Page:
On one fateful European trip in 2013, Barry Jenkins wrote two scripts: “Moonlight,” from Tarell Alvin McCraney’s play, and “If Beale Street Could Talk,” from James Baldwin’s novel. “Moonlight” came together over just 10 days in Brussels. “If Beale Street Could Talk” was written over six weeks in Berlin.
Barry Jenkins, foreground center, and the cast accept the award for best picture for “Moonlight” at the Oscars on Sunday, Feb. 26, 2017, at the Dolby Theatre in Los Angeles. Photo: Chris Pizzello/Invision/AP
Two years after “Moonlight,” Jenkins’ will release the other movie that came out of that luminous burst of creativity, one that he says happened only because he never expected anything to come of it.
Jenkins wrote “If Beale Street Could Talk,” about two young lovers (Kiki Layne, Stephan James) whose budding, radiant love is violently disrupted by the false accusation of a racist police officer, without the rights to Baldwin’s 1974 novel and little hope of getting them. At the time, he had made only the acclaimed micro-budget 2008 drama “Medicine for Melancholy.”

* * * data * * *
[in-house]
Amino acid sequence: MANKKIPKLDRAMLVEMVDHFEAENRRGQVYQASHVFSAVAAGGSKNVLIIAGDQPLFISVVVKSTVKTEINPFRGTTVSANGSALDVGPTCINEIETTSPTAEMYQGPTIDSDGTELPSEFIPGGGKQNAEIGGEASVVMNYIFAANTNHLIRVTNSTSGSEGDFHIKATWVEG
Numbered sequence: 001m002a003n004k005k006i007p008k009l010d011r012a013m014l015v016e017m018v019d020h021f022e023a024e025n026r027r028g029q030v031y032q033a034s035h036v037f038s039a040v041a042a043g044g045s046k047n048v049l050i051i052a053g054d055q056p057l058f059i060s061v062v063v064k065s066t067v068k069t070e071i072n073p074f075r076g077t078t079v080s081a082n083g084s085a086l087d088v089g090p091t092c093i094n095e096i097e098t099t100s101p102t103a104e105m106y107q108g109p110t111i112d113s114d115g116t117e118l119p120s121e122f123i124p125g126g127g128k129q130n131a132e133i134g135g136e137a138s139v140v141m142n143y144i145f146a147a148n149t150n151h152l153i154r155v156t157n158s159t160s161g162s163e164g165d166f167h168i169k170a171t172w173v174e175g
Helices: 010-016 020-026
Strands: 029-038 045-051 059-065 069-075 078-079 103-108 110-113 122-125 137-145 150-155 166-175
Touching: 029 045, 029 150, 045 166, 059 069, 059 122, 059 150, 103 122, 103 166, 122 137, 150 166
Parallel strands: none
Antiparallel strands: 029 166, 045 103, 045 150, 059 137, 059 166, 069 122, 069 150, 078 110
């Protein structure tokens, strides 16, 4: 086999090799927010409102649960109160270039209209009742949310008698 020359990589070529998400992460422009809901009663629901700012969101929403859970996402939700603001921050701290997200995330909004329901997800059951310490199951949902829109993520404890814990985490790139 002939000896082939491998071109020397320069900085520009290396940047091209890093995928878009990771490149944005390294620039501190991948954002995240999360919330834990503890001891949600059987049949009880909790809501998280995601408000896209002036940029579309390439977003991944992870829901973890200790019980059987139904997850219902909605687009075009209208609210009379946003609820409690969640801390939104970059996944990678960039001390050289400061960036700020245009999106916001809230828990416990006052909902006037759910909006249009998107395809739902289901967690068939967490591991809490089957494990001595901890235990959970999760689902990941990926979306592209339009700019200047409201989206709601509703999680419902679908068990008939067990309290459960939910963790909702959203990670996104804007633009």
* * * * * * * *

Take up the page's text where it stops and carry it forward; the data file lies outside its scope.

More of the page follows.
In an interview, Jenkins discussed adapted Baldwin’s deeply beautiful and sorrowful book and moving on from the Oscars. “It’s been a pretty good ride,” said Jenkins. “It feels like a week has passed since the whole ‘Moonlight’ thing started.”
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